Tag Archives: funeral

Iveson Funeral Original Photos

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Iveson Funeral Original Photos

​From the Iveson Photo Collection

CLIPPED FROM
The Lanark Era
Lanark, Ontario, Canada
09 Nov 1910, Wed  •  Page 2

I have an idea where the funeral was for the Iveson child– but it was not in Strangfield. Because Tillbury, Ontario was 8 km from Comber/ Strangfield, Ontario, I assume that is where these photos are from. These were given to me to some research by a local Lanark County family.

Name:William Robert Iveson
Birth Date:1909
Death Date:1910

Until the 1900s, folks were buried only in a shroud (aka winding sheet) or in a 6-sided coffin. The casket, that rectangle we think of today, was late to show up on the scene. The 6-sided coffin was favored because its special shape kept the body snugly in place, minimizing the problem of shifting weight. Perhaps more importantly, the 6-sided coffin (also called a “toe pincher”) allowed the family to literally cut corners by tapering the rectangle at both ends. This means the box took up less area than a rectangle so there was less dirt to move when hand digging the grave. Since one cubic foot of loose top soil weighs about 60 pounds, every shovel full counted.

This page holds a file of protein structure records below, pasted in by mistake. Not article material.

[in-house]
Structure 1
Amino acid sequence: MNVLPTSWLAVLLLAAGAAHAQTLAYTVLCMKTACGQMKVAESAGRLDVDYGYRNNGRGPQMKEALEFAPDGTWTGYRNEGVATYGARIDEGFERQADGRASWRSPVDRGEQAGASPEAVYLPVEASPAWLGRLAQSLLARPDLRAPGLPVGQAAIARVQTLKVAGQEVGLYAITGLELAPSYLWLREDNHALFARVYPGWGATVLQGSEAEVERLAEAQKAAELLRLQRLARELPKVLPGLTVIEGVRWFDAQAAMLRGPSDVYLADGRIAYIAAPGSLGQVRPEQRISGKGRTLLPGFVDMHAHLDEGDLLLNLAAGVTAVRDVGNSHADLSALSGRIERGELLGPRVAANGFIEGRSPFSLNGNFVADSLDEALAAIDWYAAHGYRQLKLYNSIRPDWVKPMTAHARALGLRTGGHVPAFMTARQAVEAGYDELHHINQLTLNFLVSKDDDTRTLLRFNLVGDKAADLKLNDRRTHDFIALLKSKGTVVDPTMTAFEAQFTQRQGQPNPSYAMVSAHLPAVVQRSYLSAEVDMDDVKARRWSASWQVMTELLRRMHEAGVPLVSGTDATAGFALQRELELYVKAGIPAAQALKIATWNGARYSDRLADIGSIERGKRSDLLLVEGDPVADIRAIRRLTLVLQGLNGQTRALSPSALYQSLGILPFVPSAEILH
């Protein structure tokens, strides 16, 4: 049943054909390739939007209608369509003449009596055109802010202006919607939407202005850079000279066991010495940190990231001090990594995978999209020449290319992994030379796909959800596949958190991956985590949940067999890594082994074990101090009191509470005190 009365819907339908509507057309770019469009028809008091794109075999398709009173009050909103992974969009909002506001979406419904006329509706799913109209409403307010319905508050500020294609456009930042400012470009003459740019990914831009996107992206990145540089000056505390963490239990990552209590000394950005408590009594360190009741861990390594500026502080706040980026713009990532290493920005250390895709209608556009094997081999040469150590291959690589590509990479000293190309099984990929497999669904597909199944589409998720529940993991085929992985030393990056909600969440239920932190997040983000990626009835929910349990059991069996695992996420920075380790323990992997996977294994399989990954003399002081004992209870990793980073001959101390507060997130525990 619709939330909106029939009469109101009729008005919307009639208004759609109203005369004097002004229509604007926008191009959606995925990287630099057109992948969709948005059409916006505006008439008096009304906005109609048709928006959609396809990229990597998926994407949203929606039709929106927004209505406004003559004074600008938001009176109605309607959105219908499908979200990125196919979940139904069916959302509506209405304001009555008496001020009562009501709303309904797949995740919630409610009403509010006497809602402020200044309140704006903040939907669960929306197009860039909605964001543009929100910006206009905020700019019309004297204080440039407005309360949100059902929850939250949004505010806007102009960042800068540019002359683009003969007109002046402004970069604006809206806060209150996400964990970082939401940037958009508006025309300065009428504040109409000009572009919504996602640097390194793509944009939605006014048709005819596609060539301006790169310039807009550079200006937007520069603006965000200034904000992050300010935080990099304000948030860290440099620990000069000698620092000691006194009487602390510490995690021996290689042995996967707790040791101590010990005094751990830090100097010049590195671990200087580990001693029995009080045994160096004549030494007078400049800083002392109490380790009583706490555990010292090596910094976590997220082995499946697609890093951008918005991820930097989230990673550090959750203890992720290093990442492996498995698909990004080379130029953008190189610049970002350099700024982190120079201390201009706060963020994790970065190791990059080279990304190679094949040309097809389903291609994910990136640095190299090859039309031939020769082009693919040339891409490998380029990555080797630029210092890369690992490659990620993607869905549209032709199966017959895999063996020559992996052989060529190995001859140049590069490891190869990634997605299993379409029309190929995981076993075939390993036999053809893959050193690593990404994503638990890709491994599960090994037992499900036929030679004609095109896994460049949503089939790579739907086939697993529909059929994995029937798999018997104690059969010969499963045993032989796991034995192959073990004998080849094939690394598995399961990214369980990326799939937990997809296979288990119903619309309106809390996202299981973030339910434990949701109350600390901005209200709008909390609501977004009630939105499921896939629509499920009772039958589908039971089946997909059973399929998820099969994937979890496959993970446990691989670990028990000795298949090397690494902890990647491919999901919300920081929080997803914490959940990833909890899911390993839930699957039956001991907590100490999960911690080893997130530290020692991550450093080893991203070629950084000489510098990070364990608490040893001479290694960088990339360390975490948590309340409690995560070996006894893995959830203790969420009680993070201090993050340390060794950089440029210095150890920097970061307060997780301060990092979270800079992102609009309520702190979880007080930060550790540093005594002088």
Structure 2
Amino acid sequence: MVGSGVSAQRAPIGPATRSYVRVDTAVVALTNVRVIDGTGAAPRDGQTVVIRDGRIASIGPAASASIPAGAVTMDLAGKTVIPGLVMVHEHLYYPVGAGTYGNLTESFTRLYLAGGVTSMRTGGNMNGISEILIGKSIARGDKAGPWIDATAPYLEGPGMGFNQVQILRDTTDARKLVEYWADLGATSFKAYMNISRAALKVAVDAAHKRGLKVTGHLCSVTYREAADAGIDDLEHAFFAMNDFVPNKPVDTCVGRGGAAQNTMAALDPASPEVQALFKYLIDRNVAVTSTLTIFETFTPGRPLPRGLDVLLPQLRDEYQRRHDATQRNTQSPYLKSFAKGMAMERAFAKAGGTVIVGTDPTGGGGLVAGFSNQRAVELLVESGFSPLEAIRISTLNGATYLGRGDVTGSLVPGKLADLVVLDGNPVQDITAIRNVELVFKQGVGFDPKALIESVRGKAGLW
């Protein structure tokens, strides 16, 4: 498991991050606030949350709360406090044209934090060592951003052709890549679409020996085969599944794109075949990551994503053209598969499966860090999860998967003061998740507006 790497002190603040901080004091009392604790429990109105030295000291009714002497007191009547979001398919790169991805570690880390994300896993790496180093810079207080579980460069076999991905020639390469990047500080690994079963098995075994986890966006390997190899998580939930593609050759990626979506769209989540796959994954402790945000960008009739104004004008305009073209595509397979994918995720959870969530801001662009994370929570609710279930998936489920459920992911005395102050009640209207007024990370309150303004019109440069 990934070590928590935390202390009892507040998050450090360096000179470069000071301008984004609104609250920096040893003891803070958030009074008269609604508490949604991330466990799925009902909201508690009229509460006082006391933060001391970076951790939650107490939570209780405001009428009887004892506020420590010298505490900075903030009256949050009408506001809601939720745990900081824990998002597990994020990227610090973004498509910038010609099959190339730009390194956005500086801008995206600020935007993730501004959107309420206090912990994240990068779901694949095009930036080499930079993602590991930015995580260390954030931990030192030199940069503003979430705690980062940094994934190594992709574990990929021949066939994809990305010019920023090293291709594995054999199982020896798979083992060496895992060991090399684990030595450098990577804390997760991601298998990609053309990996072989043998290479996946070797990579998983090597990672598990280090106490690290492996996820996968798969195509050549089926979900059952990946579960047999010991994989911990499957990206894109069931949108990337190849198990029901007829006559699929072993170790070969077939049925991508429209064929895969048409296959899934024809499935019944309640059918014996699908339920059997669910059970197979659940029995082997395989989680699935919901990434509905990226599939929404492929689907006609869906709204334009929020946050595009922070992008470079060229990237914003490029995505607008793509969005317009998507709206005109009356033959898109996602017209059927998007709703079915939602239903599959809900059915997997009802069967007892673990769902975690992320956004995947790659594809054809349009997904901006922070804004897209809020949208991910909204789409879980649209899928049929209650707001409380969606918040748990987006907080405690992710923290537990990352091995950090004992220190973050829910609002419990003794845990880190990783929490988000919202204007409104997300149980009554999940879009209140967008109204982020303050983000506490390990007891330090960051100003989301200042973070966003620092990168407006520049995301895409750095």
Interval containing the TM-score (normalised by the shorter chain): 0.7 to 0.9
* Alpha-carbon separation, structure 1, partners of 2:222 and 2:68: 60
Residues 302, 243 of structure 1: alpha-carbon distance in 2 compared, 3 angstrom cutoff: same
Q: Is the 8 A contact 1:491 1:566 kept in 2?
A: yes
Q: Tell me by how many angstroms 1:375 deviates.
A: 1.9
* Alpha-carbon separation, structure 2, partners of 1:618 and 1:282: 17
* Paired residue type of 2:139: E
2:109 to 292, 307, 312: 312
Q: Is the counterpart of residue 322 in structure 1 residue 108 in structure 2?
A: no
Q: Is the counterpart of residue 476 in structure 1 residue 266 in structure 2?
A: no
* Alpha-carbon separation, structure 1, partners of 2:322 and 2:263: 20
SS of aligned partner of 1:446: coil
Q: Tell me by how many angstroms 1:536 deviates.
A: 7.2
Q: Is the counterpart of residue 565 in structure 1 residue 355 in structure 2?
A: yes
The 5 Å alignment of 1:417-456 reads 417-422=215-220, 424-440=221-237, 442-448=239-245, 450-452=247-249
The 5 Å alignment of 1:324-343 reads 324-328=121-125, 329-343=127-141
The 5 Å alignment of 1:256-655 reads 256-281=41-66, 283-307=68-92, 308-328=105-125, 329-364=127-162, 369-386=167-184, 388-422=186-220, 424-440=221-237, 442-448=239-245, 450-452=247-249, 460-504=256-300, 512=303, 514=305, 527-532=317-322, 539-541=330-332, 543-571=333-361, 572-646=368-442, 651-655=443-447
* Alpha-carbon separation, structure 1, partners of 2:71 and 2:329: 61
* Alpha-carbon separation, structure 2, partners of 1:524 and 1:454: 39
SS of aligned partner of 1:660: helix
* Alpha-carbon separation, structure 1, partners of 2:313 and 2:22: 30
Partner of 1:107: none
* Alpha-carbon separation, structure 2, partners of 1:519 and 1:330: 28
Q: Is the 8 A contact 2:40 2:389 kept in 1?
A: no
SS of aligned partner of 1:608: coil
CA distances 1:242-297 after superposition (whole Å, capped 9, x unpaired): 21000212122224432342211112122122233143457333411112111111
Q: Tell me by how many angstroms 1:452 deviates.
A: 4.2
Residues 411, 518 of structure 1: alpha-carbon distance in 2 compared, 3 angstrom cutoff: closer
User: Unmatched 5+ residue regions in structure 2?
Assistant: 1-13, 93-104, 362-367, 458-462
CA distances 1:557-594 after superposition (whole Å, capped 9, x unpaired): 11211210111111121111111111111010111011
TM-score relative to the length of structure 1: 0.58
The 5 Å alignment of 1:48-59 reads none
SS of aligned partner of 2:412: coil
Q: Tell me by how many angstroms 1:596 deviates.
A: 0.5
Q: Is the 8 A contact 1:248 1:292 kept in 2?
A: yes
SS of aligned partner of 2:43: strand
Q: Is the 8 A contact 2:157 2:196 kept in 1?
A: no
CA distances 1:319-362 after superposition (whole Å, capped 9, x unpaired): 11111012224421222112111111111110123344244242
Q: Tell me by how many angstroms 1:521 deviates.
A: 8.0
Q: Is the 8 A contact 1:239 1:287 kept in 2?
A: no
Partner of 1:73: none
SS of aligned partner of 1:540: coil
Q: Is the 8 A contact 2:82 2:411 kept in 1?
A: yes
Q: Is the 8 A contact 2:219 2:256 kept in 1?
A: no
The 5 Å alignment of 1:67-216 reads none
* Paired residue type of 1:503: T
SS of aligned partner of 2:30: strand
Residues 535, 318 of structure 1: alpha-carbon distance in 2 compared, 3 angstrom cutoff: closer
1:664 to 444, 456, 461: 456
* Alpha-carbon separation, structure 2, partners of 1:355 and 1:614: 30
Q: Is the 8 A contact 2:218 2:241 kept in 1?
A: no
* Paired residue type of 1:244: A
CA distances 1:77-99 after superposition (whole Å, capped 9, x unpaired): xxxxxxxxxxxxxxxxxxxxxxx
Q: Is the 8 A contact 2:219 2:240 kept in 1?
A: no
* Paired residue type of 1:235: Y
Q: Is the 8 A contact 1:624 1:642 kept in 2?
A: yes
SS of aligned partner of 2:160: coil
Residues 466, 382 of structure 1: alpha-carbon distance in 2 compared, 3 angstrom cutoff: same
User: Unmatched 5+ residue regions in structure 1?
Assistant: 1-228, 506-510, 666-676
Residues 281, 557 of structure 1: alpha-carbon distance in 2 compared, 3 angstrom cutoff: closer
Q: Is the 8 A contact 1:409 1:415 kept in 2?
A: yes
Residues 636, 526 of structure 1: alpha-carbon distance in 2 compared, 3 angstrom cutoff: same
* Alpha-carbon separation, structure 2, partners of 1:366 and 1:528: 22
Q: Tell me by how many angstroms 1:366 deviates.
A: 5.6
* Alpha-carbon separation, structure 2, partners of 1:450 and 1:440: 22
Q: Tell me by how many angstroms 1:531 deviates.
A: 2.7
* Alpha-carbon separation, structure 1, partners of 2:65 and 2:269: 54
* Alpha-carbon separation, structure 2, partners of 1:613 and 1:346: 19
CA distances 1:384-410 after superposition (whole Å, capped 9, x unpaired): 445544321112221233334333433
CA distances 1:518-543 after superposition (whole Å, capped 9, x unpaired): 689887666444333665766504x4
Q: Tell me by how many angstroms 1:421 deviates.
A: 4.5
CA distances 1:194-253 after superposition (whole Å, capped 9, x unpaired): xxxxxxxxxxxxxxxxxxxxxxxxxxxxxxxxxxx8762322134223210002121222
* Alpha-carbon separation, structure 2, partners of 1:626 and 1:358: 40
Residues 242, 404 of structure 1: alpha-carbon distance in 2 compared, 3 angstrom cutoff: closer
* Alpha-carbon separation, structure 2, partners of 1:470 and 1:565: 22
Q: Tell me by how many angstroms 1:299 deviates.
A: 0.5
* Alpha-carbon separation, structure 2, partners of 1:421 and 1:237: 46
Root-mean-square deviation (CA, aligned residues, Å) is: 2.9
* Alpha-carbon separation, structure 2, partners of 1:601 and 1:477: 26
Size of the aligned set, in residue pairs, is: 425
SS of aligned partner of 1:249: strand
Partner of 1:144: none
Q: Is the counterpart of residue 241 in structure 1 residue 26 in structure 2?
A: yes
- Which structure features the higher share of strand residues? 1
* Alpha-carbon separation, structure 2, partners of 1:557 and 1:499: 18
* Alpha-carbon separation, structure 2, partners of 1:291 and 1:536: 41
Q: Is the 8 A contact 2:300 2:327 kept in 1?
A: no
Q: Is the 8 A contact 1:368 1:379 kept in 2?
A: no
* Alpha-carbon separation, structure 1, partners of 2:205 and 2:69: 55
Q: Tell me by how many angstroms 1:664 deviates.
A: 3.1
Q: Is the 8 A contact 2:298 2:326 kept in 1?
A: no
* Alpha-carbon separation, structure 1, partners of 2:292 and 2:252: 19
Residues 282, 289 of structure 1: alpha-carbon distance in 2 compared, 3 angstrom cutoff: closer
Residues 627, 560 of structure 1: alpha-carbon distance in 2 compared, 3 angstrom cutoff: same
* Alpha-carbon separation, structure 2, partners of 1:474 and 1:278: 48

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From the Iveson Photo Collection

Family and friends cared for the body and kept it laid out at home for as many days as it took to build, dig, and in some cases, wait for signs of decomposition to ensure no one was being buried alive (a popular fear for many years). Economic resources, immigrant status, and religion all influenced what folks did during the viewing, but vigiling the body was common. Death care was a personal, handcrafted endeavor, and involvement in the process was a demonstration of compassion and emotional investment in town, village or prairie life.

The change from community-led funerals to the use of hired help was a change that rolled out very slowly and unevenly across the US as towns grew into cities, and community gave way to anonymity. Even close friends might not be able take time off from their new city-styled employment to personally assist in the potentially multi-day vigil, funeral and burial.